Started by Tenebracid, January 15, 2012, 08:40:21 PM
Quote from: GEWALTMONOPOL on December 31, 2016, 01:52:11 PMWhat ever next in the downward trajectory of Consumer Electronics?
Quote from: RyanWreck on December 02, 2016, 12:07:53 PM"DISCO'S OUT... MURDER'S IN!" (Feral House, 2015) I swore I already talked anout this book here but I suppose not. Anyway, it's about California punk gangs of the 80's (Vice did a piece on it here.) These were true gangs, groups of kids that murder and fight constantly. It covers FFF (Fight for Freedom), Suicidals (groups of hispanic kids took after the Suicidal Tendencies many had already grown up with their brothers in gangs like Varrio Echo X Parque), the Lads, La Mirada Punks (LMD, which is the gang the author was in), Pig Children, BPO, etc. Some of these gangs would later form into other larger more known gangs like Public Enemy Number 1 (PEN1) white gang within the Cali Prison System. Rumor has it they got their name from "Rudimentary Peni." Definitely recommended for anyone interested in gangs and the punk subculture. Here is a little list and a couple photos from that time: http://ambitiondeficitdisorder.tumblr.com/post/88117552220/suicidals-bpo-lads-came-across-this-article-on
Quote from: Scat-O-Logy on December 11, 2016, 02:10:55 PMThose negative reactions didn't have anything to do with her gender, she's just shit vocalist and that's it. Puce Mary can pull it off way better.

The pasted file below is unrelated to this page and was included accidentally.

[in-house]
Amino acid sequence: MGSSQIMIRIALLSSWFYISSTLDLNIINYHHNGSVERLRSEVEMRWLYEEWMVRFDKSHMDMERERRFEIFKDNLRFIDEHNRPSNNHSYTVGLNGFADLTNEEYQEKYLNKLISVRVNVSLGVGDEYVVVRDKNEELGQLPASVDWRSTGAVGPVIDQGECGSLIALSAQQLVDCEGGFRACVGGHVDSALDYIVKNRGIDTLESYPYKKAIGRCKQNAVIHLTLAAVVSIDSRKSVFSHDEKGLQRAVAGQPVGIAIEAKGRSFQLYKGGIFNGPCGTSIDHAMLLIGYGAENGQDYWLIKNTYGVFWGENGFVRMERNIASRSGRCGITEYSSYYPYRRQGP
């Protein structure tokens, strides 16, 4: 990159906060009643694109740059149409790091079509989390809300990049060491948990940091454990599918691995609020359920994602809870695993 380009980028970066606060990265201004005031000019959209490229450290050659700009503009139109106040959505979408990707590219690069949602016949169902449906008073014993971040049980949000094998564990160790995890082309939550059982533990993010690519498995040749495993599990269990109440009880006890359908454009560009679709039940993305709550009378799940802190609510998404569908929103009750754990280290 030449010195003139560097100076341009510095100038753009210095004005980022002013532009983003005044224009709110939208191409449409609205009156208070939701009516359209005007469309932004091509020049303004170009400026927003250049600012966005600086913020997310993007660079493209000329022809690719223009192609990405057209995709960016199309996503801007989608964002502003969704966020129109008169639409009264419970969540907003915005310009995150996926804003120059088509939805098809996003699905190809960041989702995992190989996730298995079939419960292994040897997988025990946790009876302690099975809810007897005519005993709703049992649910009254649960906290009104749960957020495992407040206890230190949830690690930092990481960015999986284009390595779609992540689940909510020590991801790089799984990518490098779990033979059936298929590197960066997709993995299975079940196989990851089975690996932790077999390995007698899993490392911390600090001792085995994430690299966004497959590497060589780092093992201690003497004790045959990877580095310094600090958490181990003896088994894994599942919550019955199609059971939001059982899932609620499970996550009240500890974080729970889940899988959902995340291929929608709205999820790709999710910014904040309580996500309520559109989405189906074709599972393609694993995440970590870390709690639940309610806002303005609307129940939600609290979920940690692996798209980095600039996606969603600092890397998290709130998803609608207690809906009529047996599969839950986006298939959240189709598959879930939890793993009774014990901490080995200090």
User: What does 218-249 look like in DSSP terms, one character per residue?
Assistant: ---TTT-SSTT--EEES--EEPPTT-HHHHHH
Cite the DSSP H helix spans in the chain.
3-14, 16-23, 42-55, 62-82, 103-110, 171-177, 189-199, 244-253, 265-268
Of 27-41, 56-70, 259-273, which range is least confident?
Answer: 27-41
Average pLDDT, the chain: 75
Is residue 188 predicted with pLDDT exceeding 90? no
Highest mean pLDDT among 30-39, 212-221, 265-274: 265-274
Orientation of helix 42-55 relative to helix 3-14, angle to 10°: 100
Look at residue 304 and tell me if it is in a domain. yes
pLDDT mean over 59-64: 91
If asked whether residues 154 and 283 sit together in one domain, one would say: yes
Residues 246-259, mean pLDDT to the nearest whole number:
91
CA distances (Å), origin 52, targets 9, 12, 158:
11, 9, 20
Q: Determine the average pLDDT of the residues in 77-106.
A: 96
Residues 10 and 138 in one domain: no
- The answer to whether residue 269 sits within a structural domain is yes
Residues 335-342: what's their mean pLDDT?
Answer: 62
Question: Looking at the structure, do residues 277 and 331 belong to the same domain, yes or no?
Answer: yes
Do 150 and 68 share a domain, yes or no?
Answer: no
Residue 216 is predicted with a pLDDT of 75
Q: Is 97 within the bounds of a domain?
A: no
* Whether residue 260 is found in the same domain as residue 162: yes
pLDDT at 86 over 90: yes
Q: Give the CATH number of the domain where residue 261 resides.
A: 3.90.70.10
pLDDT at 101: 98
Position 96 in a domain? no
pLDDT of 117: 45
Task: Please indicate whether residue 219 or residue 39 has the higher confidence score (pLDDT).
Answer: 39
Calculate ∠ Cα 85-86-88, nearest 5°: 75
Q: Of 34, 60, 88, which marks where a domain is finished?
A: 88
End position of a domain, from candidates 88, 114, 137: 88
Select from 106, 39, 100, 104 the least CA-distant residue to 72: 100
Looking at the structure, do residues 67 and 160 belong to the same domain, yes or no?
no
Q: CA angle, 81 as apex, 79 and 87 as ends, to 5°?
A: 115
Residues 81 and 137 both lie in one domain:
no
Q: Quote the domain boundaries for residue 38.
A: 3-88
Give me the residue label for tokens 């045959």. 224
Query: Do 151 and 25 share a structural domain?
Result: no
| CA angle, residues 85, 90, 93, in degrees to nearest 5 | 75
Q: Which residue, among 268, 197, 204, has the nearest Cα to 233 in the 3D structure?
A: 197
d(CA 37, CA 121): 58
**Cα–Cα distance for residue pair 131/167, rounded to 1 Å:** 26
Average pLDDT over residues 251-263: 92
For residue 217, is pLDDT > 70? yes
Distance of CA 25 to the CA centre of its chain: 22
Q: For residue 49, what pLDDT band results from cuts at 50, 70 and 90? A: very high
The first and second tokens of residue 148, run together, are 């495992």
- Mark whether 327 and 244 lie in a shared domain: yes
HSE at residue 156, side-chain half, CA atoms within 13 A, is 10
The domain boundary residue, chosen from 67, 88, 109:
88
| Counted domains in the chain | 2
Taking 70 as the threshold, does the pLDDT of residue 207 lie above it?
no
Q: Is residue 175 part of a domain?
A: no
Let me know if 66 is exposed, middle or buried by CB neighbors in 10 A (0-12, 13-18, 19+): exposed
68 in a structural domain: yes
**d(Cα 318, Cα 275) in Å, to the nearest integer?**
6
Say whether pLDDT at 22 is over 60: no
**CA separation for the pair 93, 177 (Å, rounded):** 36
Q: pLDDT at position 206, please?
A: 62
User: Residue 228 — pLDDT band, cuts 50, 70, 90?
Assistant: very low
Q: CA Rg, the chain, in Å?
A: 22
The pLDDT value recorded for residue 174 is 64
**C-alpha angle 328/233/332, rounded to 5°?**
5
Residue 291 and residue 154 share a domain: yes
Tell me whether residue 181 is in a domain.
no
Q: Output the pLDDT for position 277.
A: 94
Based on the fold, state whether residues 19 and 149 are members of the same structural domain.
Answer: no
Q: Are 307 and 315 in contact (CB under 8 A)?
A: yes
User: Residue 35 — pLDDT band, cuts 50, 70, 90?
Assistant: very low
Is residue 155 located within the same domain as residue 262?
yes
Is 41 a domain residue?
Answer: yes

Quote from: HongKongGoolagong on February 20, 2017, 08:03:54 PMJoan Didion Where I Was From, 2003Sold as an autobiographical memoir, it's more like an essay collection based on the myths and realities of California. As a writer she is as synonymous with California as her most well-known protege Bret Easton Ellis (whose work was so heavily influenced by Didion it becomes almost plagiarism - read any of his work after her classic novel Play It As It Lays to see where he got his whole schtick). Her writing is known for its extreme anxiety, disquieting aspects and the generally downbeat, so her version of California includes apocalyptic and desperate crossings by settlers in the 1800s including the cannibalistic Donner Party, and an almost forgotten 1990s scandal involving a teenage rape gang in the dystopian white aerospace workers' LA suburb Lakewood. It ends with an eerie exchange with her adopted daughter which prefigures the horrific tales of her later memoirs The Year Of Magical Thinking and Blue Nights. I've read and loved almost everything she's ever published. She's fragile and self-loathing yet was also immensely privileged and certainly a part of a literary elite - no outsider chic, just the full misery of the human condition in high style prose.